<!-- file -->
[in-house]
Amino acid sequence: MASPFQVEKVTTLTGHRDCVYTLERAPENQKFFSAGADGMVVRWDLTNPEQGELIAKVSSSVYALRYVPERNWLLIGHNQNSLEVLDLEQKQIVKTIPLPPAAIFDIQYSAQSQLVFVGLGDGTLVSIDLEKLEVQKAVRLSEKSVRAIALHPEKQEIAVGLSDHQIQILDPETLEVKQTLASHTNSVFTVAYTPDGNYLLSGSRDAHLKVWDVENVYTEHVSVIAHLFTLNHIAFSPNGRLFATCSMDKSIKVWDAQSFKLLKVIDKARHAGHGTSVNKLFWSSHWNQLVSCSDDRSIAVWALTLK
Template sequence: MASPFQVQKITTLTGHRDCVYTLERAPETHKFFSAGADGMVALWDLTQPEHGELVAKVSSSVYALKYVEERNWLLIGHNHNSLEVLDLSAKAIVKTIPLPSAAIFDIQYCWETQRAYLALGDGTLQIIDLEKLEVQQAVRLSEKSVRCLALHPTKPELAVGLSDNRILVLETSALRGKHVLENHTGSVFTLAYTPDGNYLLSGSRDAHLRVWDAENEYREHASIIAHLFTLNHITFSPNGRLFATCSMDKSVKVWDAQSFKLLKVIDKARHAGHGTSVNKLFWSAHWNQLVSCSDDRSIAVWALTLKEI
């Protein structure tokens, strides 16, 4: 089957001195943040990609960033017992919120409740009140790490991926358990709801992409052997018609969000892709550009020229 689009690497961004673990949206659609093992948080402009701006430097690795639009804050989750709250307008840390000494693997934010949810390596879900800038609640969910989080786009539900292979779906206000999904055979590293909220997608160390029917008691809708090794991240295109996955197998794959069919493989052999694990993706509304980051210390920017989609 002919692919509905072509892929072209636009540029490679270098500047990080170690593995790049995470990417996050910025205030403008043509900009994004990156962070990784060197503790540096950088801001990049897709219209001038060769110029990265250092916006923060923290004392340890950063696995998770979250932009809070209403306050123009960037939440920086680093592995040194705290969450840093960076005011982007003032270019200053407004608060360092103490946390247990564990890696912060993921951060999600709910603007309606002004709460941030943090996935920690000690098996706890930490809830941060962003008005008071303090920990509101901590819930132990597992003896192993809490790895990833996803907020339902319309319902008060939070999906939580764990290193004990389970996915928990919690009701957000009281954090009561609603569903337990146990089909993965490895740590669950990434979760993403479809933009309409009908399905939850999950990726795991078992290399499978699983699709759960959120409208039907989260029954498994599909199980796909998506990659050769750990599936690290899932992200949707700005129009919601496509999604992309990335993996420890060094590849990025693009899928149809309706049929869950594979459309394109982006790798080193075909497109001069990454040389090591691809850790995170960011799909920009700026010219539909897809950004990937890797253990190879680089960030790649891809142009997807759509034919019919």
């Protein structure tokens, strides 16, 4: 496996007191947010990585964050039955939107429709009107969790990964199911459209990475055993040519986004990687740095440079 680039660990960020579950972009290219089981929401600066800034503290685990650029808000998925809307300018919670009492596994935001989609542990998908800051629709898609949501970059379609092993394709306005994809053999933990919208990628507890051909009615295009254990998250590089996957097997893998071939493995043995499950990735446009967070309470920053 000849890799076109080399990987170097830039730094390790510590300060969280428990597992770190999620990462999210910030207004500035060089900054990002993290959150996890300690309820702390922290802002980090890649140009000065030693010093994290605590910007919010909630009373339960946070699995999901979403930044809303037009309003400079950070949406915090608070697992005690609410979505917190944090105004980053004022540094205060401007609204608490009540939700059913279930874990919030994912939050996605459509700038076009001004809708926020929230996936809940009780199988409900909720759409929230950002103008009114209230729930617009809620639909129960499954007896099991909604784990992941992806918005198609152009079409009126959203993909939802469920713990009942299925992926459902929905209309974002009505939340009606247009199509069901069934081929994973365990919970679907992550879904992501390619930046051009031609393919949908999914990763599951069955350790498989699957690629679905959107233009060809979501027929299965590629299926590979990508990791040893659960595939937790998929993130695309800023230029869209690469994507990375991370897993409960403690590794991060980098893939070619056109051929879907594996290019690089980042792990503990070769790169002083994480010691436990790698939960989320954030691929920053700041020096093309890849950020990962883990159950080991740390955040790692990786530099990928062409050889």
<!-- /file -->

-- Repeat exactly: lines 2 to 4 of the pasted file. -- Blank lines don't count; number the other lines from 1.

Amino acid sequence: MASPFQVEKVTTLTGHRDCVYTLERAPENQKFFSAGADGMVVRWDLTNPEQGELIAKVSSSVYALRYVPERNWLLIGHNQNSLEVLDLEQKQIVKTIPLPPAAIFDIQYSAQSQLVFVGLGDGTLVSIDLEKLEVQKAVRLSEKSVRAIALHPEKQEIAVGLSDHQIQILDPETLEVKQTLASHTNSVFTVAYTPDGNYLLSGSRDAHLKVWDVENVYTEHVSVIAHLFTLNHIAFSPNGRLFATCSMDKSIKVWDAQSFKLLKVIDKARHAGHGTSVNKLFWSSHWNQLVSCSDDRSIAVWALTLK
Template sequence: MASPFQVQKITTLTGHRDCVYTLERAPETHKFFSAGADGMVALWDLTQPEHGELVAKVSSSVYALKYVEERNWLLIGHNHNSLEVLDLSAKAIVKTIPLPSAAIFDIQYCWETQRAYLALGDGTLQIIDLEKLEVQQAVRLSEKSVRCLALHPTKPELAVGLSDNRILVLETSALRGKHVLENHTGSVFTLAYTPDGNYLLSGSRDAHLRVWDAENEYREHASIIAHLFTLNHITFSPNGRLFATCSMDKSVKVWDAQSFKLLKVIDKARHAGHGTSVNKLFWSAHWNQLVSCSDDRSIAVWALTLKEI
């Protein structure tokens, strides 16, 4: 089957001195943040990609960033017992919120409740009140790490991926358990709801992409052997018609969000892709550009020229 689009690497961004673990949206659609093992948080402009701006430097690795639009804050989750709250307008840390000494693997934010949810390596879900800038609640969910989080786009539900292979779906206000999904055979590293909220997608160390029917008691809708090794991240295109996955197998794959069919493989052999694990993706509304980051210390920017989609 002919692919509905072509892929072209636009540029490679270098500047990080170690593995790049995470990417996050910025205030403008043509900009994004990156962070990784060197503790540096950088801001990049897709219209001038060769110029990265250092916006923060923290004392340890950063696995998770979250932009809070209403306050123009960037939440920086680093592995040194705290969450840093960076005011982007003032270019200053407004608060360092103490946390247990564990890696912060993921951060999600709910603007309606002004709460941030943090996935920690000690098996706890930490809830941060962003008005008071303090920990509101901590819930132990597992003896192993809490790895990833996803907020339902319309319902008060939070999906939580764990290193004990389970996915928990919690009701957000009281954090009561609603569903337990146990089909993965490895740590669950990434979760993403479809933009309409009908399905939850999950990726795991078992290399499978699983699709759960959120409208039907989260029954498994599909199980796909998506990659050769750990599936690290899932992200949707700005129009919601496509999604992309990335993996420890060094590849990025693009899928149809309706049929869950594979459309394109982006790798080193075909497109001069990454040389090591691809850790995170960011799909920009700026010219539909897809950004990937890797253990190879680089960030790649891809142009997807759509034919019919």